New Year’s Resolutions: Supporting a loved one who resolves to end addiction

New Year’s Resolutions Supporting a loved one who resolves to end addiction

A big part of the holiday season is New Year’s resolutions. And if you have a loved one that is struggling with substance abuse or addiction, now is a popular time for them to resolve to put those ways behind them.

A big part of the holiday season is New Year’s resolutions. And if you have a loved one that is struggling with substance abuse or addiction, now is a popular time for them to resolve to put those ways behind them. However, they cannot do it alone. And while you can’t try to take responsibility for their recovery – after all, it’s only the addict who can take full charge of their addiction – you can definitely resolve to do a few things to help them succeed.

1. Be actively supportive

It’s all well and good to tell an addict that they’ve got your support, but in order to really make a difference, they need to see it and feel it. Help them to research treatment options, offer to drive them to their support meetings or counselling appointments, ask about their goals and achievements thus far with genuine interest, but most importantly – be there for them when they tell you they need support.

2. Take part

It’s important for your loved one to engage in new, stimulating activities to keep their mind off their desire for substance use. Give them the extra courage to get involved by getting involved with them. Sign up for a yoga class together once a week, or simply set up a time each week that you will get together and go for a walk, have coffee – whatever you both feel like doing. Not only does it show them you care, but knowing they have to see you at the same time each week makes them accountable for their actions.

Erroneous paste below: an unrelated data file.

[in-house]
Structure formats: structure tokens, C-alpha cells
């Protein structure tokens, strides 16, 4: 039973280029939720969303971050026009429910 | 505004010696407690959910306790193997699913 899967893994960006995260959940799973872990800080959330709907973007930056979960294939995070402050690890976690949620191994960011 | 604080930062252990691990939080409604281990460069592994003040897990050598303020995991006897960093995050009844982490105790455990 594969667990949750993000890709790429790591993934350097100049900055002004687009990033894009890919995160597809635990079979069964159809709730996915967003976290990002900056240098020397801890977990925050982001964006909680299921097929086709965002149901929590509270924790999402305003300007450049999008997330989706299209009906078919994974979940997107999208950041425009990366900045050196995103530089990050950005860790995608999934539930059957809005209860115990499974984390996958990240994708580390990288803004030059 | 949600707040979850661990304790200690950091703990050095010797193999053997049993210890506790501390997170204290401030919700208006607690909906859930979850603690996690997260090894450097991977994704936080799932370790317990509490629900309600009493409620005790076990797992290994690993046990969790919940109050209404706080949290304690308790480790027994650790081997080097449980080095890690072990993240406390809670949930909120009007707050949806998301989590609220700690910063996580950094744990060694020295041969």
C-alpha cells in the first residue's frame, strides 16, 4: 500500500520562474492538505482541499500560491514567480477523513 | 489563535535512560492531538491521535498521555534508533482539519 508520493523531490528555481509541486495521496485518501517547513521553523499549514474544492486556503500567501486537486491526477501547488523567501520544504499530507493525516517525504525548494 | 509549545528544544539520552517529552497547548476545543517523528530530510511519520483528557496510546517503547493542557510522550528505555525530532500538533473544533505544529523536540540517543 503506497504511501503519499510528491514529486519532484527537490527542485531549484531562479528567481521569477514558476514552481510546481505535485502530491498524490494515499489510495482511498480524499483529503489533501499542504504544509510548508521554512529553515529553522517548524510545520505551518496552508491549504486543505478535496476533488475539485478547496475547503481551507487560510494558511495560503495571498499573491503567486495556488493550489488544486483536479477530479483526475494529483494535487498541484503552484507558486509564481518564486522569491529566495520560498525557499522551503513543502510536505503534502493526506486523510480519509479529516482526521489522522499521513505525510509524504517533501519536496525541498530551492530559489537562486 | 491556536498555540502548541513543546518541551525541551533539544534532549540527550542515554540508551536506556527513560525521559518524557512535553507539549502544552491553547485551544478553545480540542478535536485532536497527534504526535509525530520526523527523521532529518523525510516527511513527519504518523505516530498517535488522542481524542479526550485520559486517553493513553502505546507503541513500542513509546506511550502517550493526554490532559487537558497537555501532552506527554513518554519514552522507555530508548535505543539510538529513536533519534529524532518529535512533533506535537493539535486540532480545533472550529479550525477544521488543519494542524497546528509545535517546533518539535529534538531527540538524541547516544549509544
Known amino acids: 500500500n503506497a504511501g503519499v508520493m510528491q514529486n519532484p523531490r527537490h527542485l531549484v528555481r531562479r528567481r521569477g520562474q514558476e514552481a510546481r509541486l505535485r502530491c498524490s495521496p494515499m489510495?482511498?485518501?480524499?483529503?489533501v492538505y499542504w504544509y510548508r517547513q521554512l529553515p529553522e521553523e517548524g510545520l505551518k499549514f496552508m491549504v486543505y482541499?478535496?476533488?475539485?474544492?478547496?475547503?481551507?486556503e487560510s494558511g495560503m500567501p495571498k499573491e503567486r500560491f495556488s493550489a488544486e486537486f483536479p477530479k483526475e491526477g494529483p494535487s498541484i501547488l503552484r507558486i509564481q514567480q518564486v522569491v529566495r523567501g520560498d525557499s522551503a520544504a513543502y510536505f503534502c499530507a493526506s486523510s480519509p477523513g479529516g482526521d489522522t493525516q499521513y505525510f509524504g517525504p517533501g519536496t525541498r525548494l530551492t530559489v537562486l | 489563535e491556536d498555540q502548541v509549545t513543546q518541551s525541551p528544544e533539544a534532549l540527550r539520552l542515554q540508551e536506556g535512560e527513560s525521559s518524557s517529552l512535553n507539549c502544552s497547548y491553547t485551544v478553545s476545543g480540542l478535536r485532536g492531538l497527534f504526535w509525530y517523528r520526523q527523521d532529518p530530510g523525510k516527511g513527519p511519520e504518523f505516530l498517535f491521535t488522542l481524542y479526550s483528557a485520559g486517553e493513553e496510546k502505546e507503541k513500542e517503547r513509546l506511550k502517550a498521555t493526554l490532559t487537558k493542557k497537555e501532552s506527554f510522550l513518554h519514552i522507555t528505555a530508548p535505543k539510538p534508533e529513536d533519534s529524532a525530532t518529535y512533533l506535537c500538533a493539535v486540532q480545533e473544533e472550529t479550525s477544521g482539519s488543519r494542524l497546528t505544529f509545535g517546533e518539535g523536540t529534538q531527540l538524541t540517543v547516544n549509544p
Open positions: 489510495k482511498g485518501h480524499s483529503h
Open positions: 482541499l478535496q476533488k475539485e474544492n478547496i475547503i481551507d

3. Abstain also

If you don’t have a substance abuse problem, you don’t have to abstain permanently (unless you want to), but abstaining completely when your loved one around is very encouraging. If you accompany them to a party, abstaining with them will make them feel less alone, and keep their anxiety at bay which is a common cause of lapse in judgment and use.

4. Stay calm

Your loved one will likely come across many bumps in the road, and if they have a poor judgment call and use or abuse substances once or twice, it’s important not to get angry with them. It’s more than likely that they are already furious with themselves, and you putting more pressure on them is not going to be helpful.

5. Stay hopeful

The best thing you can do is help your loved one to look towards the future. Make sure they understand that everyone, even them, deserves a wonderful life – and that they can get there – even if it takes a lot of time and effort.